My post, The Critical Importance of Pre-Session Preparation in Mediation, really resonated for some people.

Clearly, pre-session preparation can help everyone involved in mediation to improve the process and outcomes.  Many mediators and mediation programs routinely incorporate robust pre-session procedures in their mediation systems.

Roselle Wissler and Art Hinshaw’s empirical study provides some good news and bad news about mediators’ use of pre-session preparation. Many mediators do use such processes, particularly in civil cases, but some don’t.  In their study, 66% of mediators in civil cases held pre-session discussions about non-administrative matters with the parties and/or their lawyers in their most recent case but only 39% of mediators in family cases did so.  This is due in part to mediation system design constraints making it infeasible or prohibited to conduct such activities. This occurred in 11% of civil cases and 31% of family cases.  This suggests that mediators in about 23% of civil cases and 30% of family cases could have conducted such activities but did not do so. This is particularly problematic in family cases because of the disturbingly high frequency of intimate partner violence. Self-represented parties in any kind of case also need extra help, especially if they are mediating for the first time.

This study helps us recognize that there is room for improvement as a substantial proportion of mediators (and probably mediation programs) do not provide any pre-session assistance.  Some who do promote pre-session preparation presumably could improve their routines and materials.

In court-connected mediation programs, there should be a “belt-and-suspenders” approach whenever feasible and permitted.  Ideally, both courts and individual mediators should arrange for pre-session preparation.  Many courts have very limited resources, but if they have websites, they could post materials on their websites with little cost. It’s important that the materials be clear and easy to understand.  Ideally, courts, mediation programs, and other mediation sponsors would produce or use short videos to help parties prepare because some people would digest information better from a video than written materials.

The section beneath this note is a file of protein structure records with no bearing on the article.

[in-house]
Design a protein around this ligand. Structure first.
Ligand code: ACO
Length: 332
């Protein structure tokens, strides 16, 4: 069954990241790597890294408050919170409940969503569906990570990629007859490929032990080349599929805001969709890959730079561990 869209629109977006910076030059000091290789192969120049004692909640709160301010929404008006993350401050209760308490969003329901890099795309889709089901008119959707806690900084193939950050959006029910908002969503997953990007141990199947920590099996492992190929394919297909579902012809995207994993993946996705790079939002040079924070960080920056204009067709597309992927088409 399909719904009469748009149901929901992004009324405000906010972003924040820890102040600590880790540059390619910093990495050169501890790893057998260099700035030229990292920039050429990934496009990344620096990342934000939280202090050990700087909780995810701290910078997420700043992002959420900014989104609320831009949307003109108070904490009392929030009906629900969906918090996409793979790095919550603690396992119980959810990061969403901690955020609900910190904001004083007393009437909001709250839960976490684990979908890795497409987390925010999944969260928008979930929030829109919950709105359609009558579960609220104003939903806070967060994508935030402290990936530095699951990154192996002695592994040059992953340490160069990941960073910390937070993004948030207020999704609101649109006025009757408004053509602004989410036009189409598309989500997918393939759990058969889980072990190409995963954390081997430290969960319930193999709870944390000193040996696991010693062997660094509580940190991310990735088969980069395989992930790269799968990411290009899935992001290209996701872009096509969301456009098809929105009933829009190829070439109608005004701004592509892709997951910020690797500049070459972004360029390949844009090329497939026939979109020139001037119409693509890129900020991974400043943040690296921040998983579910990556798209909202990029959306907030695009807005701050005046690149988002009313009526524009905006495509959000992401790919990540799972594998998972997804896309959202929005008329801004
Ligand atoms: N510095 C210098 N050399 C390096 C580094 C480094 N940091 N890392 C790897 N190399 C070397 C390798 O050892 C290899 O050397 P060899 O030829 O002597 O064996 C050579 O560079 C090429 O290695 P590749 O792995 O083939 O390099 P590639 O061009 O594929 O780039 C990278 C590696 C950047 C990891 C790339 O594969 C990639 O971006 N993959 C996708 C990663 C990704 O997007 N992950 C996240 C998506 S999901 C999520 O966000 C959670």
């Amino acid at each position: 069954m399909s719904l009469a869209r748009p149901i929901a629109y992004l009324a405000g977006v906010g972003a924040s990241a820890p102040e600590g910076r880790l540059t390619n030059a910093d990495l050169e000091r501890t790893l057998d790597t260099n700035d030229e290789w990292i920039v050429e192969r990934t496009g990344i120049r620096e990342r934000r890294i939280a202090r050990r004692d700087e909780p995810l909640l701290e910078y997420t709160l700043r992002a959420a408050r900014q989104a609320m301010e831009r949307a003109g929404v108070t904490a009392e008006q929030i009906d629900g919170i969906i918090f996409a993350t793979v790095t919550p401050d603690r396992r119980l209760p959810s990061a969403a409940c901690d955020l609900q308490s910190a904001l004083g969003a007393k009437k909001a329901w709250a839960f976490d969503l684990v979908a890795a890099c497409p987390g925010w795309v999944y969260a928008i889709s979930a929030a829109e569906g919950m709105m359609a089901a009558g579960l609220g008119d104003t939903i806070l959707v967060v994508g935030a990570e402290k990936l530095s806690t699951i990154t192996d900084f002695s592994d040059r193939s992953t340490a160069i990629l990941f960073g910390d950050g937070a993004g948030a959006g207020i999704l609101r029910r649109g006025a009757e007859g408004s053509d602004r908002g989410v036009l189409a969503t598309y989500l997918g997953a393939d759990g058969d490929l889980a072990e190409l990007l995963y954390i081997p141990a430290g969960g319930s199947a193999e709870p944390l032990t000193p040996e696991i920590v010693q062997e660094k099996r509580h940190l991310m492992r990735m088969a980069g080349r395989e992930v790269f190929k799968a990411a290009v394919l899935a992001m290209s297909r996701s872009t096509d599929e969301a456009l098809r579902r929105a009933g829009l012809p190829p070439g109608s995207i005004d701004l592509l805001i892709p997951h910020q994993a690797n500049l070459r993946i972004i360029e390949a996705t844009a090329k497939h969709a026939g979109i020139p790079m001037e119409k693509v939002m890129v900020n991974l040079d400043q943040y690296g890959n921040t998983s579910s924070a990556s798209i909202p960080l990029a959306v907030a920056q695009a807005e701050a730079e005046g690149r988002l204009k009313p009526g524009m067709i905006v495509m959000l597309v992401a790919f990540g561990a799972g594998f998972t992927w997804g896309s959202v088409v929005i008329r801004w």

Courts that sponsor meditation programs have a moral obligation to prepare parties for mediation, especially when they require parties to attend mediation and the parties are at risk of being sanctioned by the courts.  Courts have a special responsibility to help self-represented parties and those who have barriers to using court mediation programs.  I discussed this in my post above and Charting a Middle Course for Court-Connected Mediation.

I am collecting resources to improve what we do, and I will post them on the Indisputably blog.  Please send me any relevant resources including:

  • Publications, including articles for practitioners, law review articles, book chapters etc.
  • Rules or protocols for pre-session preparation activities
  • Websites of mediation programs sponsored by courts or other organizations
  • Written materials to help parties prepare for mediation
  • Videos to help parties prepare for mediation
  • Any other relevant resources

My post linked above includes links to some relevant resources and I would like to collect and disseminate more.  Here are some examples to give you some ideas.

Judy Cohen, How Preliminary Conferences Lay the Groundwork for a Productive Process, 30 Alternatives to the High Cost of Litigation 169 (2012).

Timothy Hedeen, Vittorio Indovina, JoAnne Donner, & Claudia Stura, Setting the Table for Mediation Success: Supporting Disputants to Arrive Prepared, 2021 Journal of Dispute Resolution 65.

Maryland Courts, four-part video series for parties, including Part 3: How to Participate in Mediation.  This is part of an extensive website with information and resources about mediation and ADR.

Michele Kern-Rappy, Esq., Senior Mediator and Settlement Coordinator, R.A.I.S.E – To Get to a Higher RoadTM – MED-NJ Mediation Process.

US District Court, District of Columbia website.

If you know of any websites that collect resources for pre-session preparation, I would be especially interested to learn about them.

Please email any relevant resources to me by January 13.

Thanks very much.